(gotta run - drone just circled the ranch)

new game's picture

yo blow dat bub...

Greenskeeper_Carl's picture

risk can be seperated from gain, because obama. FOARWARD!!! nah, Im just kidding. we're fuckin doomed

GetZeeGold's picture



So we have that going for us......which is nice.

q99x2's picture

Everyone has to stop using the dollar now if you don't want to be killed by the globalists. They have amassed a historic arsenal of weaponry to destroy their enemies. That arsenal is paid for by counterfeit dollars. The money from you and I is taken from us and given to the globalists by way of counterfeited dollars. Stop using them.

Oldwood's picture

Trying to eliminate risk is the same as trying to put out a fire with gasoline. The more they bury it the larger it becomes. Risk is essential. The best defense to risk is its visibility. We need to to be able to see risk just like we need headlights when driving at night. They want to obscure the headlights and instead of providing vision, want to sell us more insurance against the inevitable crash. This is fucked up stupid, but people love it. They love the warm embrace of security and will pay dearly for it, even if it makes the odds of their demise even greater. Pure madness, but lots of people making lots of money from it. Derivatives anyone?

mayhem_korner's picture



It is not the frequency with which you are right that counts, but rather the cumulative effect of your losses.  N.N. Taleb


Great post, although I think the 2014 prediction at the end could have been left off.


Hedgetard55's picture

Ben has destroyed the  price transmission mechanism known as interest rates. It is the equivalent of cutting the nerves in your hand so you feel nothing. Eventually your hand will go someplace it does not belong, like a flame, and you will not realize it until it is turned to ash.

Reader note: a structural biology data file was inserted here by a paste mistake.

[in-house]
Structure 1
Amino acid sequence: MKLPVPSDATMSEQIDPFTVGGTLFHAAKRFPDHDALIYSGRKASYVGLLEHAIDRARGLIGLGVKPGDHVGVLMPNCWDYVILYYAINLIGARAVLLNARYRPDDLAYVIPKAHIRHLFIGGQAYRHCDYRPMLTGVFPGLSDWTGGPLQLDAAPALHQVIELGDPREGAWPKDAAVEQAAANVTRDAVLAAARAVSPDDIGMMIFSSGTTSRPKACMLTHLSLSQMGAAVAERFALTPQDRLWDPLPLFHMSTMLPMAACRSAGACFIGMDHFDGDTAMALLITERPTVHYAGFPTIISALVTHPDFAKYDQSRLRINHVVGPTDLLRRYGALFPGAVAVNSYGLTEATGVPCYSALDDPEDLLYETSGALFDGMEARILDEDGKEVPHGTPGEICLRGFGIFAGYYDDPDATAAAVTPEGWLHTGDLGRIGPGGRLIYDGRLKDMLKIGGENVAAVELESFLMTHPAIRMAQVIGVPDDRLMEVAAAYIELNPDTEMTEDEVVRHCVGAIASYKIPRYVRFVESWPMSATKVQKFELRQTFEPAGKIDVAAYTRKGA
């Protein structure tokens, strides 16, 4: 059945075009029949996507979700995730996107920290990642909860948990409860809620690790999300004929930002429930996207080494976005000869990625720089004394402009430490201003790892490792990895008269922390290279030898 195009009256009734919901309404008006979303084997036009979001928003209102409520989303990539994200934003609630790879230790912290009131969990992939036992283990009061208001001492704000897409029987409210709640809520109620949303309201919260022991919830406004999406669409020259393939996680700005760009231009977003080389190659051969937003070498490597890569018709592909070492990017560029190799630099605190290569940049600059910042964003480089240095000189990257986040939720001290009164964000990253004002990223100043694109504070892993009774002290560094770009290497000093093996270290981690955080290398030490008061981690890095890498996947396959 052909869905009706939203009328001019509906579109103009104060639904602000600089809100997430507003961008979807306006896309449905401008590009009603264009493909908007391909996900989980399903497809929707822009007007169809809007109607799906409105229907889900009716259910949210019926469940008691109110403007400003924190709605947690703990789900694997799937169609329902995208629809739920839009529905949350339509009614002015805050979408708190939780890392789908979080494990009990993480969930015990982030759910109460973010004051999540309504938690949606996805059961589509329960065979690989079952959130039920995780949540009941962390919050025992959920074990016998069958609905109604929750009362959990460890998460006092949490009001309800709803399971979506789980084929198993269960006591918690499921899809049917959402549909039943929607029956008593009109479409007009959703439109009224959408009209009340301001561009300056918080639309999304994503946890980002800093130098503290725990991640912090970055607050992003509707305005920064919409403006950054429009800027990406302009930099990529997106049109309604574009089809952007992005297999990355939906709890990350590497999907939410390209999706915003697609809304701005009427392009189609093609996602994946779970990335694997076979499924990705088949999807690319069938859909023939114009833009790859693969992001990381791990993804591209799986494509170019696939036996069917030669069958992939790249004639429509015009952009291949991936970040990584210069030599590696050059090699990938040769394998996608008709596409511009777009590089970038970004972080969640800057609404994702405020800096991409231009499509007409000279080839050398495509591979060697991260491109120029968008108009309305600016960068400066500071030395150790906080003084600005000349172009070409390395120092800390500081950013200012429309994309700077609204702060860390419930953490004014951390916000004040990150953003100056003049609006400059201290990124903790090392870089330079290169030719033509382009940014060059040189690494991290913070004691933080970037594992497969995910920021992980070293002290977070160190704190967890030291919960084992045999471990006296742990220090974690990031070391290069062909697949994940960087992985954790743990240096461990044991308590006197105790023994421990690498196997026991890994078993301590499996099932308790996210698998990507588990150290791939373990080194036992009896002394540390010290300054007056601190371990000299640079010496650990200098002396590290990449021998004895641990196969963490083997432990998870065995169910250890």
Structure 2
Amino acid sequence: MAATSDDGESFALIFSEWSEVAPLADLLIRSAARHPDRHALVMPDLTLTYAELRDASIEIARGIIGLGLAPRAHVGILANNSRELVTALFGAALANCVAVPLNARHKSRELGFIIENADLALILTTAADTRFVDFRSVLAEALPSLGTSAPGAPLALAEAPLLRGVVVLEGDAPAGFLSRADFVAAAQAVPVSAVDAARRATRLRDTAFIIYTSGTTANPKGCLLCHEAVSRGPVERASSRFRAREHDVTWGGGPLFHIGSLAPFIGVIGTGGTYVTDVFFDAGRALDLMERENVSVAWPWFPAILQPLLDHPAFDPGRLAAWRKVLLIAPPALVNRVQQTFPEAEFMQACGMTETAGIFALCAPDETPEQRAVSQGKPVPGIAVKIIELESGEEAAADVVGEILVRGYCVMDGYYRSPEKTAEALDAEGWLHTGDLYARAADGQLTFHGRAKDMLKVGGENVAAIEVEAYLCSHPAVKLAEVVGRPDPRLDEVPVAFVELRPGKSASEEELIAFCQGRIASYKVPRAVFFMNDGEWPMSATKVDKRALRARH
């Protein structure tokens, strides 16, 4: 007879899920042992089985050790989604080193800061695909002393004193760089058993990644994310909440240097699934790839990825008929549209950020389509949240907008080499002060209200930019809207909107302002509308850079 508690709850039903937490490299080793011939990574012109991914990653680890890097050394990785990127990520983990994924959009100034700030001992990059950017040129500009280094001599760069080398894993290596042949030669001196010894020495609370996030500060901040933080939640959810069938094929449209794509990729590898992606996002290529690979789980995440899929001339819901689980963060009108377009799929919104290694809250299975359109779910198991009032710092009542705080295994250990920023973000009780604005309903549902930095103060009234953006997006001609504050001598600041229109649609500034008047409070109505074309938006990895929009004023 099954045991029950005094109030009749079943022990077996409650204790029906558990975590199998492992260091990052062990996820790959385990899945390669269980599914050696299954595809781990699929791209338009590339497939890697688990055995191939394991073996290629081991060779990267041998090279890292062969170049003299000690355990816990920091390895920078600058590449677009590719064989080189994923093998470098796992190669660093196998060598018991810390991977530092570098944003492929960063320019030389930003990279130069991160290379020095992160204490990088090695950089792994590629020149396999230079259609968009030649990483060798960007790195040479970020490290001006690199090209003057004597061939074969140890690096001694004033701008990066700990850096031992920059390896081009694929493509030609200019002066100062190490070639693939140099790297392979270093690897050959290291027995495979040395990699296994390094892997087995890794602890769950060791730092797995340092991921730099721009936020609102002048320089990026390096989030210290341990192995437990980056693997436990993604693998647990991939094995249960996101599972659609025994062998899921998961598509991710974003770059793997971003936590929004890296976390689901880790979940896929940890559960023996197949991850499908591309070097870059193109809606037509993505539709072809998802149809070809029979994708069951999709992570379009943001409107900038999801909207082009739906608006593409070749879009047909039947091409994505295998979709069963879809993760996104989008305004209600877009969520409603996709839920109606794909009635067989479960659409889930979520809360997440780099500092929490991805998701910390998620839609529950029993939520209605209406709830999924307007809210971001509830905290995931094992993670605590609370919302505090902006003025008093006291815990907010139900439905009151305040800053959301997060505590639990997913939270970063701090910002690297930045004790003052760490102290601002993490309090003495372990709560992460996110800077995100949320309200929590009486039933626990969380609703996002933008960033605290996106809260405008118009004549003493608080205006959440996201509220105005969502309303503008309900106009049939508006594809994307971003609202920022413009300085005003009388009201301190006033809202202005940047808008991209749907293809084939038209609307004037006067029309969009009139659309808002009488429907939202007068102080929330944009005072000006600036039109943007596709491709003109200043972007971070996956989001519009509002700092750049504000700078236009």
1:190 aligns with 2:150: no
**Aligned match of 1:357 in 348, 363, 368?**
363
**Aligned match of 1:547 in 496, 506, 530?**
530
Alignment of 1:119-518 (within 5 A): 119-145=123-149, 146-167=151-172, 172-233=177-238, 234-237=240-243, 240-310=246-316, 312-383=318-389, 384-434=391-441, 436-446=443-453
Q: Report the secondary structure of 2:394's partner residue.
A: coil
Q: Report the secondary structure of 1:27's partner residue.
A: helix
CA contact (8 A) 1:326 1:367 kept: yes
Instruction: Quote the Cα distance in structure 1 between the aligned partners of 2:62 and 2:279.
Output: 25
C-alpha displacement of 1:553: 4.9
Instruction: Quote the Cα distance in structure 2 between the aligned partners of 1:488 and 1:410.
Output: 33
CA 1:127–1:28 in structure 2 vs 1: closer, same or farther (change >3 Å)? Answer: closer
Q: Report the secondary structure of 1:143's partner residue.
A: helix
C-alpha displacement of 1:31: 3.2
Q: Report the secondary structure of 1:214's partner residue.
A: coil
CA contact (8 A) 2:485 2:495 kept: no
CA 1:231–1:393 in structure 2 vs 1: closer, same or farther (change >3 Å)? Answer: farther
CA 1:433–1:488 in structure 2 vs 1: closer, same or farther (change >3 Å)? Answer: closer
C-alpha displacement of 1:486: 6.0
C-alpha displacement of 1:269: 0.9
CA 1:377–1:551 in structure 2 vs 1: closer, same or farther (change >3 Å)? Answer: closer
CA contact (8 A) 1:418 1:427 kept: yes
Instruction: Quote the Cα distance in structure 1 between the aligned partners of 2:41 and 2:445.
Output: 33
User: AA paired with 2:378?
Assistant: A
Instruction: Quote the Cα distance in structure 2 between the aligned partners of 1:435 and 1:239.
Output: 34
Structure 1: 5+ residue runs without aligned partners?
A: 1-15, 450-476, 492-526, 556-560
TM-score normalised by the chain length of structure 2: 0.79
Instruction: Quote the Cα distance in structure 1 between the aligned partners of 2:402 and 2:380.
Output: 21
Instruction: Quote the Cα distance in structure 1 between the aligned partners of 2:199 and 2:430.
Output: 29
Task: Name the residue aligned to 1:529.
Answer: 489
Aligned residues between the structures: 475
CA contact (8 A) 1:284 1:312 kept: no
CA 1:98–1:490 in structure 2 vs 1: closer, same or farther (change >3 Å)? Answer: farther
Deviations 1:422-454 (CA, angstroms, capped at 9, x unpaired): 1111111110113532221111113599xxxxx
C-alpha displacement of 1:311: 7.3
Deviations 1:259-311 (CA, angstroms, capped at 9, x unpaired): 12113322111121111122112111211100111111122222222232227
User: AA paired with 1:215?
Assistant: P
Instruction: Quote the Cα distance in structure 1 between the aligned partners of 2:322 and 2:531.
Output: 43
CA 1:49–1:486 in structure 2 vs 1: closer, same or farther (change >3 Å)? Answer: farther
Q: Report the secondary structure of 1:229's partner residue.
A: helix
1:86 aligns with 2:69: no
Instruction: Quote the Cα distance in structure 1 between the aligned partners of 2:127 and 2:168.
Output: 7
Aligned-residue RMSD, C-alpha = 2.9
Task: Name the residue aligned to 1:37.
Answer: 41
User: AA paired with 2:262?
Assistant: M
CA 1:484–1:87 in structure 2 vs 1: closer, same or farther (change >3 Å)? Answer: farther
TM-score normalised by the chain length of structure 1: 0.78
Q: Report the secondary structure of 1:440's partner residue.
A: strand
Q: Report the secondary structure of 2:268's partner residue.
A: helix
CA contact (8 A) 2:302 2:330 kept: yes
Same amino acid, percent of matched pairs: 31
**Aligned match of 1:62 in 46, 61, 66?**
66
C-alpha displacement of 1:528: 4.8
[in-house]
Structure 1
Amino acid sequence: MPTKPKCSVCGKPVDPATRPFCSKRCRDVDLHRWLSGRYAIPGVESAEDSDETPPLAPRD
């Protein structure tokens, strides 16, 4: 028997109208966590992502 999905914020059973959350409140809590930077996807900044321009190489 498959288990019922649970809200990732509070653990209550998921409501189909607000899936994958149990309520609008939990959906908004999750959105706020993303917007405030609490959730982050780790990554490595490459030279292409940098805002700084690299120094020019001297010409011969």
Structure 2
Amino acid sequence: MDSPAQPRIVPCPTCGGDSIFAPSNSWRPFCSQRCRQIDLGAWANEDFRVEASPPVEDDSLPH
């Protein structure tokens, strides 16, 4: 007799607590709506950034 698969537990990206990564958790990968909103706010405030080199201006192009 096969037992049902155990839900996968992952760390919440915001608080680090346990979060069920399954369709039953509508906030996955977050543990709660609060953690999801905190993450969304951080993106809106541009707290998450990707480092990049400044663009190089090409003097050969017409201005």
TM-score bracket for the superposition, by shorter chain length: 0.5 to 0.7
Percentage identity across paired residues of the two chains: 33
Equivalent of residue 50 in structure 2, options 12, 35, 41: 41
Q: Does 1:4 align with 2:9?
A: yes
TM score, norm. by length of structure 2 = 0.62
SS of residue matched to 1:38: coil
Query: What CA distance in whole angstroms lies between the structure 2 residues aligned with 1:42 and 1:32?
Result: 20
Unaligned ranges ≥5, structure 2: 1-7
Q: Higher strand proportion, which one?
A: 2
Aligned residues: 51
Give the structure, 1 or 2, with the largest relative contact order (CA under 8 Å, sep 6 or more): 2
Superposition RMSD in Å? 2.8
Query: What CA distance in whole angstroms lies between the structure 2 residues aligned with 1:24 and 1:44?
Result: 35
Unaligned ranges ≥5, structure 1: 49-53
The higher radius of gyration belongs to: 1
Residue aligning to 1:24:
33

Racer's picture

They eliminate risk for the psychopathic banksters, yet the people who put money in banks with not enough reward in interest, risk having it stolen from inside the bank. High risk for the sheeple, none for banksters

SheepDog-One's picture

'The FED's campaign to re-start the U.S. economy'....wow, talk about not getting it. The FED has been doing a bank heist operation, robbing us blind, while guys like this think the FED is trying to help us. No wonder we're so screwed.

Happy New Year, you filthy animals!

falak pema's picture

when acme meets acne; the pimple becomes the cause of system failure.

Dat pimple on Potus's nose...dat awful puss filled festpool of derivative easy money printing alldaway to QE infinty...

"Hey fellas ! Wazz the problem? We be land of the freebees, we all go to heaven. So relax! Whatever we do ! 'Cos we be land of the brazen, oops, of the brave!...  The chalice from the Potus Palace has the brew that is true ! Its the vessel with the pestle that has the poisonous pellet!  Promise, as head of the head of the FED!

Look at those slit eyed shamans if ya wanna find the darn pestle..."

mightybillfuji's picture

There is one increasing material difference.

The various entities that have been pulling off the magic trick for the past five years are now increasingly overextended. Look at the BOJ and Japan. Look at US debt levels vs. five years ago.

Personally I think Japan may be the "Lehman" of this round and if that's the case, that particular candle is probably getting close to being lit. How can a country with what is probably getting close to 250% of GDP in debt get away from THIS APRILS trap of having to massive expand the tax rates to try to stave off a debt downgrade, which will reduce GDP, which will instantly increase the Debt vs. GDP ratio, which will cause a debt downgrade....

Its only going to take one crack in this dam....

KickIce's picture

Risk, along with just laws that are applied accross the board are the forces that keep greed in check.

We obviously have neither.

search's picture